It is that time of year again. Future college students are attending college fairs and filling out college application forms.
Generally, every student appears the same. Each one is giddy with the anticipation of moving out of mom and dad’s, attending the infamous college parties and hopefully meeting someone special.
The future seems bright and full of opportunities.
However, every student travels a unique path leading to the start of their college career.
For many, the journey starts before they walk through the doors of Conestoga College as a registered full- or part-time student.
Conestoga College’s Stratford campus offers students who have not graduated from high school, are older than 18 and have been out of school for a minimum of one year an academic future, free of charge.
Literacy and basic skills (LBS) programs, which include the GED certificate and academic upgrading, have been funded by the Ontario government and are free to those attending, said Mary-Anne Sullivan, preparatory programs co-ordinator at Conestoga’s Stratford campus.
“A lot of people stay away or don’t come because they don’t understand it. You don’t have to pay, it’s free,” Sullivan said.
For many, the opportunity to earn a General Education Development (GED) certificate, which is equivalent to a high school diploma, and complete academic upgrading as college preparation is the light at the start of the tunnel.
Many students have been out of the classroom environment for a long time and feel apprehensive at the beginning, she said.
“There’s a bit of trepidation at first because of what they’re taking on.”
“They have to get their GED to get a job and there are many hurdles an adult learner must overcome.”
The majority of students completing their GED certificate are males between 25 and 44, according to the 2009-2010 literacy service plan report released by Employment Ontario.
Sullivan said while some struggle to balance their academic studies, family life and other responsibilities she works to help students reach their goal.
The teachers work closely with each student to develop a plan that meets their individual needs, she said.
“We help them stick to it and maintain it.”
The adult learning environment is much different than what many prospective students might envision, said 23-year-old Jaclyn Poulsen, an academic upgrading student at Conestoga’s Stratford campus.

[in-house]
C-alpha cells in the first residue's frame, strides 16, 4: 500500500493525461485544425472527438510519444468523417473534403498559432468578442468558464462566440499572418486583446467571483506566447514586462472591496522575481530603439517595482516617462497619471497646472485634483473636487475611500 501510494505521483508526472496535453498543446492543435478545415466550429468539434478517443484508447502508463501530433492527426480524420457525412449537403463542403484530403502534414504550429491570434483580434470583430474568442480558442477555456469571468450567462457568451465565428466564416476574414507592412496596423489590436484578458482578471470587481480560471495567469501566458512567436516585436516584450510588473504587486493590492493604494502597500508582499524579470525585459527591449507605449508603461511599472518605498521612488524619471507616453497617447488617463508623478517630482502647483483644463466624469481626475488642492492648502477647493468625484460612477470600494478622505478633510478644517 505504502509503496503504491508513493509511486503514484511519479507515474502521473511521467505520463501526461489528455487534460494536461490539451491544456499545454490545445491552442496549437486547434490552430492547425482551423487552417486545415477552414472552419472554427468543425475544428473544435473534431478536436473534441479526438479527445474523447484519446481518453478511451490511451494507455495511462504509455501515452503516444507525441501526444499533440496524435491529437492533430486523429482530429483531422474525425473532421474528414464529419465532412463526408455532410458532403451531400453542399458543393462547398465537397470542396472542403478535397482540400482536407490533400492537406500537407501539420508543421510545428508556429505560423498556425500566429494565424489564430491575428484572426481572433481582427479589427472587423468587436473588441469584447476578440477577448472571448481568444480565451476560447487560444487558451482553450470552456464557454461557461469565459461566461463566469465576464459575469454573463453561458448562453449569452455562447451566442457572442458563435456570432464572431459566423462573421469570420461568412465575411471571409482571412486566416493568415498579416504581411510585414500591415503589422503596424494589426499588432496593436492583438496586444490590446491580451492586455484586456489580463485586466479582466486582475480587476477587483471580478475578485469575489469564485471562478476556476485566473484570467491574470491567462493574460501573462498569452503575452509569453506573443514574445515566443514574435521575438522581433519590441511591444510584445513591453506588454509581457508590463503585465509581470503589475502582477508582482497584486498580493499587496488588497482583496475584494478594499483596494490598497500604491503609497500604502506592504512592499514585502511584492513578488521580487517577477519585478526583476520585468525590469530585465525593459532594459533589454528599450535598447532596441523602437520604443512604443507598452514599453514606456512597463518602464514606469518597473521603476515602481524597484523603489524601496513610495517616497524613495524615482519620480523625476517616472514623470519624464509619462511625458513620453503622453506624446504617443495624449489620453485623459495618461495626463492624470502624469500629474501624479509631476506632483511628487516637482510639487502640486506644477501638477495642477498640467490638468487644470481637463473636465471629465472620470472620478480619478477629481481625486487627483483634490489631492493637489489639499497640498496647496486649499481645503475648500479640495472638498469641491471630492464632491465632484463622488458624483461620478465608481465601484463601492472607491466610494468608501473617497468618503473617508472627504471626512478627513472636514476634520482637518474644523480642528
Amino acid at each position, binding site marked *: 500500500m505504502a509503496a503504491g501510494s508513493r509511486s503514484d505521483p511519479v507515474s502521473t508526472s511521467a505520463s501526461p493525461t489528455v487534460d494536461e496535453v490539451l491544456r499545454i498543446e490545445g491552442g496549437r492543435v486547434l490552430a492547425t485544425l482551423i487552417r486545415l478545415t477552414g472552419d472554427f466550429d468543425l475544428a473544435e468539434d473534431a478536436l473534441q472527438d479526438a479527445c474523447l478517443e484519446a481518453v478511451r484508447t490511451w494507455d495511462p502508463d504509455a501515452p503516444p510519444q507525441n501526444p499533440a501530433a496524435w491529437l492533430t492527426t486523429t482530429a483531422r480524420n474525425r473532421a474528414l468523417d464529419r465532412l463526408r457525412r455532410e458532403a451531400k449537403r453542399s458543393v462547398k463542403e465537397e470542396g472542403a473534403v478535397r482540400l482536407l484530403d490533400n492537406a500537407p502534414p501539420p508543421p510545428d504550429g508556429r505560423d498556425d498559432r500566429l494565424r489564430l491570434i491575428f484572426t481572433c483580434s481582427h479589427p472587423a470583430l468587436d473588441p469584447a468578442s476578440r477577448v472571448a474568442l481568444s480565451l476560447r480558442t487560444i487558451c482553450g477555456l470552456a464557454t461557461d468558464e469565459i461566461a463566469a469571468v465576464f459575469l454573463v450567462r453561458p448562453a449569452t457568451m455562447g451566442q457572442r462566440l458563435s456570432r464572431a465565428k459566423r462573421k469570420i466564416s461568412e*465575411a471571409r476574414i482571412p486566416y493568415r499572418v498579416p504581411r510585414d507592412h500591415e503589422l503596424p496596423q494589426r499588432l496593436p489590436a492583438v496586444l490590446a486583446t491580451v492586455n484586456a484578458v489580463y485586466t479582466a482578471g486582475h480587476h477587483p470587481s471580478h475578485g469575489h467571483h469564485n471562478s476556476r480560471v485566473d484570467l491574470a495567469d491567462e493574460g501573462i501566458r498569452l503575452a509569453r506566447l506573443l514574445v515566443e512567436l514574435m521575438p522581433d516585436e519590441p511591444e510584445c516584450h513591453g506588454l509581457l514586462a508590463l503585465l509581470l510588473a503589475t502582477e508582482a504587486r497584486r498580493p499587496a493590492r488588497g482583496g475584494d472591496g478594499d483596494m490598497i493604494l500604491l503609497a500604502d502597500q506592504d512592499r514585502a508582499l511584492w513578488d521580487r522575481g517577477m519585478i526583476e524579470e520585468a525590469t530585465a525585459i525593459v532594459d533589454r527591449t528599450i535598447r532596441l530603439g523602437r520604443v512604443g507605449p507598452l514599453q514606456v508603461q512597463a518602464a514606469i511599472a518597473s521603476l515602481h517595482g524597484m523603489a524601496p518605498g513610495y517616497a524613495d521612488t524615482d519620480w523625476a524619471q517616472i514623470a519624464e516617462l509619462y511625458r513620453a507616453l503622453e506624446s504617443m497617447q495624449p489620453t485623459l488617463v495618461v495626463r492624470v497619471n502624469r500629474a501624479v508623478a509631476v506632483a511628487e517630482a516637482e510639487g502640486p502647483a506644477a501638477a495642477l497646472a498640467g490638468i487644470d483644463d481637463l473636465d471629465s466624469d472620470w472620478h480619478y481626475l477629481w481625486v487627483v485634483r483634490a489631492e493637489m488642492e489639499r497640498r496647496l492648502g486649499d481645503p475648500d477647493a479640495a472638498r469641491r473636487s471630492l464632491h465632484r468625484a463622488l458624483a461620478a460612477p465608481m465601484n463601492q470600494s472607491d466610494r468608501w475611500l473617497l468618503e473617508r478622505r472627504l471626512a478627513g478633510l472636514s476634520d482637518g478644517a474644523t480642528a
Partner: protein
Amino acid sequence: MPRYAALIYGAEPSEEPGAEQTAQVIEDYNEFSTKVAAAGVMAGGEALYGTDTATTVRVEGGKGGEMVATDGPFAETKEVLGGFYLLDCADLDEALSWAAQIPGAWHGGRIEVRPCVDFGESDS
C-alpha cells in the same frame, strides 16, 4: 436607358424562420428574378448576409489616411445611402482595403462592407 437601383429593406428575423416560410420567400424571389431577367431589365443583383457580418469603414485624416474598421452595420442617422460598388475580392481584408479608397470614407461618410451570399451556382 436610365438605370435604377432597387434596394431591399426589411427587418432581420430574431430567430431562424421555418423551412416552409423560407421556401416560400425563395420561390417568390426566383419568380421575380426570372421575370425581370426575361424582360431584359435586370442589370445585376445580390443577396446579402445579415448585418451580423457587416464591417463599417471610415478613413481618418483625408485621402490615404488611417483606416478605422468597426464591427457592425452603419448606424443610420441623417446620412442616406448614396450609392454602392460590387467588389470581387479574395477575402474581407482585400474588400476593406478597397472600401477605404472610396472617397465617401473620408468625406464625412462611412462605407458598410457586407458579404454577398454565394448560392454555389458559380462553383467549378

Since students have an individualized academic plan and differing personal schedules the classroom sizes vary each day, she said.
Teachers do not lecture from a whiteboard, instead students work and learn independently, she added.
Poulsen earned her GED certificate at the college’s Stratford campus after leaving high school around age 16.
Using drugs and spending six years in a destructive relationship kept her from putting herself, her family and her commitments first, she said.
“If I hadn’t started coming here I would probably still be using drugs every day, not waking up for important things … I probably would if I hadn’t seen the light.”
With her GED certificate in her academic tool belt, Poulsen looks to her future.
“I would love to have a job where I love going to work every day. And with school I’m working towards my goal.”
Accepted to Conestoga’s general health option, beginning in January 2012, Poulsen is completing academic upgrading in Stratford to better prepare herself for future college courses, she said.
“It’s a gateway program to help me get my foot in the door.”
With Conestoga’s nursing program as her ultimate goal, she said she will be the first of her family to attend college. “I’d love to be a nurse who works with kids.”
Conestoga’s Stratford campus offers continuous intake for the GED and academic upgrading programs.
For more information visit www.conestogac.on.ca/caa/preps/upgrading.jsp or call 519-271-5700, ext. 7227.